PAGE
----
For an executive who’s said to shun the spotlight, Ivan Seidenberg made quite a splash when his company decided to build a fiber network that would deliver video as well as broadband speeds of up to 30 Mbps. But Verizon’s $10 billion investment is part of a delicate balancing act, generating revenue from new services even as its core phone business erodes. Another interpretation: This is as much a defensive play as it is an offensive one. Seidenberg knows a bit about offense and defense and reshaped industries. He was chief executive of Nynex when it merged with Bell Atlantic in 1997, and CEO of Bell Atlantic when it swallowed GTE in 2000. He started out 38 years ago as a cable splicer’s assistant. Now, he’s pinning much of Verizon’s future growth on the success of the FiOS network, but investors are skittish. Concerns over what kind of returns Verizon will get from the FiOS investment have contributed to skepticism. In early December Verizon shares traded below 32, down from more than 40 in January. That’s despite the expected cost benefits of the new fiber infrastructure and encouraging news so far from FiOS, which boasts 12.5% penetration in the 35 markets where Verizon’s been marketing it for more than six months. With fierce competition on all sides of its business, and a steep climb before it can offer a quad-play bundle throughout its footprint, investors want to see proof that Seidenberg’s big bet will pay off. Issues to Watch in ’06 Competition Cable will face heavy competition in 2006. Or will it? Fitch says next year will be relatively stable, with fierce competition not forecast until 2007 or 2008. Another member of this camp is Forrester Research VP and principal analyst Josh Bernoff. “The only thing that goes slower than a cable company is a telephone company,” he says. Points North Group’s Stewart Wolpin doesn’t see it that way. “[Telcos] will be a threat to cable next year. Operators are vulnerable, and if consumers see a viable alternative, they will give it serious consideration.” A major question is whether or not telcos will offer enough original services to make cable or DBS customers switch. “Cable has a window of opportunity to prepare before this threat becomes significant by introducing HDTV and ITV and VOD. It’s their game to lose,” Bernoff says. “If cable is caught napping the same way things went with DBS, it has no one to blame but itself.” Digital Fragmentation The biggest sea change of 2005 will start becoming mainstream in 2006 as more and more content proliferates to an increasing range of devices, from the video iPod to Sony’s PlayStation Portable (pictured) to mobile phones. “The mass audience is becoming masses of audiences,” Deloitte analyst Tony Kern says. This will pressure cable operators to step up convergence between their video, broadband, telephone and interactive platforms in the next 12-18 months (a big factor in the recent joint venture between Sprint Nextel and Comcast, Time Warner Cable, Cox and Advance/Newhouse). It also makes it imperative for programmers to build and leverage their brands beyond the linear TV universe. The bottom line for distributors and programmers: Change or risk being left behind. Digital fragmentation will benefit powerhouse cable networks like ESPN or MTV, who’ve become much more than TV brands with already-established loyal audiences and off-TV franchises (from radio, restaurants and stores to their broadband channels, ESPN 360 and MTV’s Overdrive). But this fragmented marketplace will make it tougher for smaller networks with less consumer awareness to break though. Plus it will be harder to capture a mass audience for a single event “with time-shifting and everything else that’s going on,” Kern says. “That requires a fragmentation in content, and you have to be able to slice it and deliver it in a whole lot of…ways.” Plug and Play/CableCARDS Will 2006 be the year that the NCTA and CEA join hands on a two-way plug-and-play agreement, laying out the best way to quickly get interactive two-way TV sets to market? Judging by proposals the two groups submitted recently to the FCC, the answer is no. Still, the result of the negotiations is critical, as a set of standards for two-way transmission will drive adoption of interactive and digital services that are crucial to operators and programmers for future growth. The two sides risk intervention by the FCC if they can’t agree. A positive sign came recently when a quartet of consumer electronics manufacturers signed licensing agreements with CableLabs to use its OCAP standards and specifications in the production of two-way-capable TVs. Yet key differences remain. CEA, for example, deems the NCTA-proposed OCAP-standard specs and licenses noncompetitive and therefore unacceptable. The cable industry, though, first started working toward OCAP as a standard for middleware software in 1999. Retransmission Consent Viacom begins 2006 with CBS splitting off and its CEO, Les Moonves, pushing cable operators to pay for the programming on his broadcast network, come hell or high water. Moonves is making noise now about operator cash, even though retransmission consent agreements with his stations don’t expire until 2007. Moonves’ success will be bolstered should his fellow broadcasters rack up victories on retrans during the next 12 months. Meantime, the consent rift between Cable One systems in Kansas, Louisiana and Missouri and Nexstar Broadcasting approaches its first anniversary, with no indication Nexstar will bring its stations back to Cable One customers soon. Cable operators are steadfast against paying fees for broadcast programming, so look for more signal blackouts if stations want to pick retransmission fights. “[Broadcasters] are not going to win,” says Todd Chanko, analyst at Jupiter Research. With broadcasters continuing to lose share to cable, Moonves “should wake up every morning, kiss the ground and consider that given all the video choices out there, CBS is still a Tiffany network,” Chanko says with a bit of exaggeration. Time-Shifted and VOD Measurement Nielsen, the 800-pound gorilla of television measurement, starts tracking DVR usage next month, with VOD to follow later in 2006. Its entry into the highly competitive time-shifted TV viewing tracking space will crowd existing players: Rentrak, TNS, Atlas on Demand, Everstream and erinMedia. Nielsen’s entry comes as cable operators are being pressured by advertisers to provide more data than the four VOD data points that the top MSOs agreed to supply last spring. Already, Cox and Cablevision are providing more than four to their VOD advertising partners. While advertisers have angst, some MSOs seem unperturbed. “On demand is probably already one of the most accurately measured television advertising deliveries ever and it will just continue to evolve in the future,” says Page Thompson, Comcast’s VP and GM of On Demand. Wall Street Investor concern heading into 2006 can be summed up in a word: competition. Cable stocks—and telco and satellite shares, too—have stalled as investors await the outcome of hand-to-hand battles for customers. So far there have been skirmishes only. But 2006 could feature full-out warfare, and some big investors aren’t taking chances. In the third quarter of ’05, institutional investors such as T. Rowe Price, Wellington Asset Management and Janus Capital sold off portions of their stake in Comcast. Indeed, cable’s facing considerable weapons: DirecTV and EchoStar will have more high-definition offerings than ever, and consumers will have more choices as to where/how they get video. Cable must respond to telcos firing up fat fiber networks capable of higher broadband speeds than most cable offerings. Cable insists it won’t enter price wars, but the two biggest MSOs have introduced low-priced triple-play bundles in an effort to attract and retain customers. Companies to Watch in ’06: MSOs Cable One The 10th largest MSO anticipates starting 2006 the same way it began 2005—fighting retransmission consent. Nexstar Broadcasting pulled its stations from six Cable One systems (100,000 customers) last January. Cable One is holding firm on not paying Nexstar cash to get those stations back. While Cable One lost about 7% of customers in the six systems early on, CEO Thomas Might says Nexstar is a bigger loser, finding its ratings down 30%. “We’re not losing subs any more,” Might says. “We’re gaining them.” The resolution of Cable One’s situation could be a harbinger for other MSOs. Cablevision Aside from the eye-popping Dolan family dramatics, Cablevision has had a banner year. Next year, we’ll be watching to see if it can pull a repeat performance. Cablevision’s $90 triple-play bundle, which raised eyebrows when it was introduced, has now spawned an industry of imitators and garnered accolades from analysts. Things we’ll be watching next year: Will customers who signed up for the one-year special deals stick around after they end? What happens as Verizon introduces FiOS video and goes head-to-head with Cablevision in the broadband arena, with speeds up to 30 mbps? Cebridge Connections In a business where size matters, Cebridge will be a whole lot bigger in 2006. It leaps to No. 8 on the MSO list with the $2.5 billion acquisition by its parent Cequel III of systems serving 940,000 subscribers from Cox. Even better, about 90% of the acquired systems already are upgraded to 750 MHz and 850 MHz, thanks to Cox. That means Cebridge can continue where Cox left off, deploying telephone and other advanced services. But the picture’s not all rosy. Cebridge must first integrate the new systems and the Cox network into its own—not a small task. Comcast There’s little doubt about Comcast’s 2006 priority. Every chance they get CEO Brian Roberts and COO Steve Burke showcase their desire to convert more subscribers to an all-digital environment, exposing them to VOD. By year’s end, Comcast anticipates having more than half its systems capable of all-digital operation. They also point to Comcast launching digital telephony in the majority of its markets by next holiday season. Wireless presumably has a big role to play in Comcast’s near-term plans, thanks to the $200 million partnership with Sprint Nextel. “As consumers get used to universal access of content, it will become something they expect, instead of something they want,” Points North Group’s Stewart Wolpin says. “This could be huge for whoever provides universal access the best.” But Comcast must be mindful of providing affordable service bundles. “They must take VOD, DVRs, HDTV and interactive features and make them as attractive as possible,” Forrester analyst Josh Bernoff notes. Cox A big hint about Cox in 2006 and beyond came during last month’s press conference announcing the partnership between Sprint Nextel and Cox, Time Warner Cable, Comcast and Advance/Newhouse. “I think what’s going on today is a baby step of what might be coming in the future,” soon-to-retire Cox chief Jim Robbins said. “And that’s going to be the fun of this venture: seeing what kind of products we can develop, what kind of integration we can achieve and try and stay ahead of the consumer which is, to me, what the game is really all about.” Translation: Think bundling plus mobility, interactivity and convergence. Time Warner Cable Interactive fantasy football, eBay on TV, Start Over—in the last few months, Time Warner Cable has been on an interactive roll, one that’s not about to let up in 2006. But interactivity is just one of the reasons to keep an eye on Glenn Britt’s outfit. Voice, video and data bundles have helped reverse basic cable subscriber erosion. With wireless in the mix, customer churn could be reduced even further. “I think the most important thing now is the triple play,” Britt says. “If we get somebody who buys phone and data and video, and if we provide good service, they’re not likely to leave us.” Companies to Watch in ’06: Programmers Comcast Programming czar Jeff Shell has a long to-do list for 2006, including shaping OLN into an all-sports net and changing its name; turning out new channels in collaboration with Sony; building PBS Kids Sprout; growing AZN into the main TV destination for Asian-Americans; and…you get the picture. Many believe Comcast’s overarching strategy will be to target niche and ethnic markets, tapping into the tremendous carriage potential of the 23-plus million subs it will have when its acquisition of Adelphia is completed. “Any channel they start will have a huge carriage advantage,” Forrester’s Josh Bernoff says. Bernoff sees Comcast introducing an all-sports effort in 2006, either via OLN or a new channel managed with the NFL. The Walt Disney Co. As the movie and content businesses morph into their next iteration, Disney wants to be a leader, not a follower. No need to sell George Bodenheimer’s ESPN on that. Bristol has long been a platform-agnostic servant of its customer, the sports fan. True to form, ESPN will offer a sports-oriented wireless phone service in ’06, headed by Manish Jha (Disney will have a similar, family-friendly service). And it’s not a coincidence that one of Disney’s first moves under new chief executive Robert Iger was to make the popular ABC shows Lost and Desperate Housewives available to video iPod users. The Indie Programmers GSN, Oxygen We may look back on 2006 as the beginning of the end for big independent linear networks. The two biggest, Hallmark Channel and Court TV, likely will throw in their towels next year when Time Warner gobbles up Court TV and “TBD” (likely a big network group) picks up Hallmark. That will leave GSN’s Rich Cronin and Oxygen’s Gerry Laybourne as the king and queen of the big indies. Along with The Weather Channel and WGN, they are the only ones left with household distribution north of 50 million. Of course, if you look at their parents, it’s hard to consider them small indies (GSN has Sony and Oxygen counts Charter’s Paul Allen and media heavyweight Oprah Winfrey as investors). That’s the problem. The next generation of indies, like Outdoor Channel (26 million), will need deep pockets. Cable operators have been conditioned to accept launch support from networks that don’t have retrans leverage. Even Donald Trump realizes he can’t make it in cable without a big partner, which is why he’s talking to NBC and others about a Trump Shopping Network. We’ll be looking to see whether we’ll still be able to write about Cronin and Laybourne as indie programmers in 2007. MTV Networks Envy MTV Networks. It’s been the most aggressive U.S. media company at embracing and creating the digital media world. It’s launching broadband-based, Web-delivered TV channels for each of its core cable networks. MTVN chairman and CEO Judy McGrath will continue to shepherd groundbreaking deals. Case in point: her recent global, multimedia partnership with Universal Music Group. Of course, it helps that McGrath & Co. can stuff their direct pipeline to its tech-savvy consumers with killer brands like MTV and hot series like Comedy Central’s The Daily Show with Jon Stewart. NBC Universal NBC chief Bob Wright is on a crusade to stop digital piracy, which he sees as the biggest threat to NBCU’s intellectual property. “This is the dark side of our Internet age,” he wrote last month in The Wall Street Journal. “Digital technology…makes all data and information easily replicable and able to be transmitted at the speed of light around the world.” Carrying out Wright’s marching orders will be Deborah Reif, head of NBCU’s digital initiatives; J.B. Perrette, SVP of new media at NBCU; and NBCU Cable chief David Zaslav, who protects the company’s content in affiliation agreements. Scripps Networks Long a leader in the niche cable network and VOD space, Scripps is now bullish on Internet TV. Knoxville will have at least 10 broadband-only TV channels by next year, and is pioneering Web-exclusive series such as Eat This, a series of 13 short programs about food trends that was introduced last month on Food Network’s website. In 2006, look for Shop At Home and Shopzilla to accelerate their e-commerce successes. And having revamped Shop At Home, former Food Network president Judy Girard will put her stamp on anchor property HGTV. Companies to Watch in ’06: Technology Cisco Systems Certainly Cisco was no slouch, but its pending acquisition of Scientific-Atlanta places it smack in the center of the home video equipment market. A key piece of Cisco’s strategy is to be a leader in a converged world of data, voice, video and mobility. Already a big player in broadband routers and VoIP, providing soft switches and networking gear, Cisco sees video as its next big opportunity. In dollars and cents Cisco’s video play could be worth $4 billion to $5 billion, with a growth rate of about 22%, SVP Mike Volpi told investors in November. Google The obvious question: How high will Google’s share price climb, now at around $400 share? UBS Web watcher Ben Schachter foresees Google hitting $450-$500 a share. The not so obvious: How high are Google’s ambitions beyond Web searching when it comes to being a cable player, or cable competitor? Google has launched a variety of features, including instant messaging, which could be adapted for cable, DBS or telco delivery. It’s also exploring interactive TV. “They could partner with cable to do search functionality on TV,” Forrester’s Josh Bernoff says. Not all are sanguine. “Google will become a big competitive cable headache,” Jupiter’s Todd Chanko believes. Microsoft The convergence of TV and the PC will accelerate next fall, thanks to the landmark deal Microsoft and CableLabs signed last month that lets viewers watch conventional TV on PCs running Microsoft’s Windows XP Media Center. For the 2006 holiday season, PC manufacturers will supply digital-cable-ready Media Center-based PCs. The computers will support a CableCARD module, giving viewers access to one-way cable programming. As more content providers launch broadband channels, Microsoft will become an increasingly important player. And it’s covering all its bases: As of early December it’s the sole sponsor of the broadband-only video cooking series hosted by Food Network’s Dave Lieberman. Mobile Video Enablers Cable’s wire into the home is becoming unwired with the Sprint deal—as Brian Roberts commented, “it’s really [about] the creation of a third screen” beyond the TV and PC. But for now MSOs must compete against a plethora of mobile video programming enablers, including MobiTV; Verizon’s downloadable video clips for its VCast service; and personal video players such as Sony’s PSP and Apple’s video iPod. No wonder every Hollywood studio and major media company is giving mobile devices their full attention. Digital media departments from NBCU to Turner resemble mini Radio Shacks, testing content (and potential) across multiple platforms. Sling Media At the start of 2005, few had heard of Sling Media. That’s no longer so as 2006 approaches. The company’s fortunes rest on Slingbox, a device that lets cable or DBS users watch their favorite TV shows anywhere—whether the device is attached to a desktop or laptop computer, or handheld PC. “The medium promoting that access will have an immense leg up on the competition,” Points North Group’s Stewart Wolpin says. While consumers generally are favorable about Slingbox, programmers are concerned about its effect on ratings. Yahoo No longer “just” an Internet portal boasting the world’s most popular free e-mail service, Terry Semel’s Yahoo has become a force on the entertainment front, reaching 73% of all U.S. Web users in any given month. Building on its business of syndicating video content from CNN and streaming TV series online, as Showtime did with Fat Actress, Yahoo plans to launch original programming in 2006 and continue cutting deals with TV networks to stream video and user-generated content. And watch for more broadband deals along the lines of its partnerships with Verizon and SBC in the U.S. Outlook 2006: The Financial Analysts Concern over a highly competitive marketplace has dampened enthusiasm for cable stocks, to put it mildly. We talked to two analysts to see what they’ll be watching next year. Richard Greenfield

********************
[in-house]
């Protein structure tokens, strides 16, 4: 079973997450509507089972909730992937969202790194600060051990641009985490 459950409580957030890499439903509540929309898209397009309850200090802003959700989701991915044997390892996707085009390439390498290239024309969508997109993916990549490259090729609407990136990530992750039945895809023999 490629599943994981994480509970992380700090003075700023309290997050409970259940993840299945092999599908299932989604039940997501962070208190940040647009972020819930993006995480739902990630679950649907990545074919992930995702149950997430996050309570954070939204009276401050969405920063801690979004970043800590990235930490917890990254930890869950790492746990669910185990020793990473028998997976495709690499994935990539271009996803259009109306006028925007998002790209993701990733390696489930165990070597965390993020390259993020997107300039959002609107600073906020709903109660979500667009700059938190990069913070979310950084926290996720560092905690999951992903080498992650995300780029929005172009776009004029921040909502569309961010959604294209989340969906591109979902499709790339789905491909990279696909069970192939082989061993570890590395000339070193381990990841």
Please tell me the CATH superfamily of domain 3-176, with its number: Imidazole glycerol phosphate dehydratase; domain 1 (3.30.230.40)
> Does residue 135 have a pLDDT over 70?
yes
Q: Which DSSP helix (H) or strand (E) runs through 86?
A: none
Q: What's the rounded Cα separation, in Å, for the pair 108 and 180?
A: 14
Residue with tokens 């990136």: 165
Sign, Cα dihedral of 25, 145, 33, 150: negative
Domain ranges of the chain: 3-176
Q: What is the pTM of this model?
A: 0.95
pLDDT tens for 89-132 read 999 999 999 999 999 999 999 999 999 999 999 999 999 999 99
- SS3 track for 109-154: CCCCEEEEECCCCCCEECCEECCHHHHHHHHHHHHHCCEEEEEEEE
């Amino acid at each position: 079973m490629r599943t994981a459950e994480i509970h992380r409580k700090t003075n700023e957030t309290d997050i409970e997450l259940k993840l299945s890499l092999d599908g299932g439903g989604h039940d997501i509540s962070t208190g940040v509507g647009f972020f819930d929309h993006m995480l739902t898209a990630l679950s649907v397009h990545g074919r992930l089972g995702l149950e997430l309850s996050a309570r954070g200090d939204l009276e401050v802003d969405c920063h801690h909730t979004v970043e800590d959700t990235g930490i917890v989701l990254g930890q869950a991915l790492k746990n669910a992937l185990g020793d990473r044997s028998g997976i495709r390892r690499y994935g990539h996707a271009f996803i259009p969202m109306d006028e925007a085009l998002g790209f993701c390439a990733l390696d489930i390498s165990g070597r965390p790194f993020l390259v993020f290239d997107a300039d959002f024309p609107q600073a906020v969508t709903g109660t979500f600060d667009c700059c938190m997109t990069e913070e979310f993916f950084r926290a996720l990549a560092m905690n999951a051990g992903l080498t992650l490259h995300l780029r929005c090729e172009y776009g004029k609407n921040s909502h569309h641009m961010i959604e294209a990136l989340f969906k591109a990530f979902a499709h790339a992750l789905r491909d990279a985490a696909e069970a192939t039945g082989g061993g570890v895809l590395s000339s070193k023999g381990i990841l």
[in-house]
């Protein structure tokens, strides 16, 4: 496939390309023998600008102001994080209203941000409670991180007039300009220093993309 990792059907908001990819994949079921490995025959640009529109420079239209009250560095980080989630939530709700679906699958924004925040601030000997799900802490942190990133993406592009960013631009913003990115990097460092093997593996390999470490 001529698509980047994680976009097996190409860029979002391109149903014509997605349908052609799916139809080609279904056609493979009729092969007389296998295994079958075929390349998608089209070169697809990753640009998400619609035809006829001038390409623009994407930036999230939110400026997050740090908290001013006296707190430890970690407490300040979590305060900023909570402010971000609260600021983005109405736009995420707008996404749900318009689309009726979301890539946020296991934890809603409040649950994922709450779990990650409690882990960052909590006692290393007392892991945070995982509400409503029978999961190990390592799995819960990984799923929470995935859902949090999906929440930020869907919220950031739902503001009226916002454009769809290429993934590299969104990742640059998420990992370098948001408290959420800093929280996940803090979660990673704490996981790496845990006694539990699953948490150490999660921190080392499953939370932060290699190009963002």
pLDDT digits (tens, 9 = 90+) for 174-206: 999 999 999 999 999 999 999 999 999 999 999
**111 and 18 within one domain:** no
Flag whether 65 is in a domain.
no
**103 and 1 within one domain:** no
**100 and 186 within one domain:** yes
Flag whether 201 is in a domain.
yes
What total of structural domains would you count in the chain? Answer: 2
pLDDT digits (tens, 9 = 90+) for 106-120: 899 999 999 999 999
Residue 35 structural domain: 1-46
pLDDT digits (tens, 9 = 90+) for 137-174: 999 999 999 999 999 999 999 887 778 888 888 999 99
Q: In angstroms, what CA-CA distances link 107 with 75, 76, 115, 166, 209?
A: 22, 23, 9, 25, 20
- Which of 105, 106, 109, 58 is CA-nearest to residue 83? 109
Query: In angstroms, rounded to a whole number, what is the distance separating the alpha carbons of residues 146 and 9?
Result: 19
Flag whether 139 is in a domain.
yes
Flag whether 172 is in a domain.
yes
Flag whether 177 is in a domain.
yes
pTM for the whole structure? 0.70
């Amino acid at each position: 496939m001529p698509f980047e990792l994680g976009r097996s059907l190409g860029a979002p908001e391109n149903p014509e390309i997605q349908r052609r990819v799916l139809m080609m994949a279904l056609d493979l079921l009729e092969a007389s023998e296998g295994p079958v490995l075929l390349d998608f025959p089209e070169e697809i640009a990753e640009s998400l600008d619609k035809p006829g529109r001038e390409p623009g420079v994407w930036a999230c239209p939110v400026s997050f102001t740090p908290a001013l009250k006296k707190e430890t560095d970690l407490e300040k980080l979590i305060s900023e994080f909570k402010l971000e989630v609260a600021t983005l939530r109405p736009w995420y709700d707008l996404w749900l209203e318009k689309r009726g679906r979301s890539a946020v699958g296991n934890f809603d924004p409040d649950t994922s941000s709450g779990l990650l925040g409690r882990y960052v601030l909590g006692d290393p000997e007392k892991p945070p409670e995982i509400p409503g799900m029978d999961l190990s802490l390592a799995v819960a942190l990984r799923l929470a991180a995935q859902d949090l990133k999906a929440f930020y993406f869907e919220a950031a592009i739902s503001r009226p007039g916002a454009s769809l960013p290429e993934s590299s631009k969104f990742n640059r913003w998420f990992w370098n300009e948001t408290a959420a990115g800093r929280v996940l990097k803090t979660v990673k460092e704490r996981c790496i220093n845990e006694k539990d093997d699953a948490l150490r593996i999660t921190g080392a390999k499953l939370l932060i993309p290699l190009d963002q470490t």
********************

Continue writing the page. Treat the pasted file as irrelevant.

Fulcrum Global Partners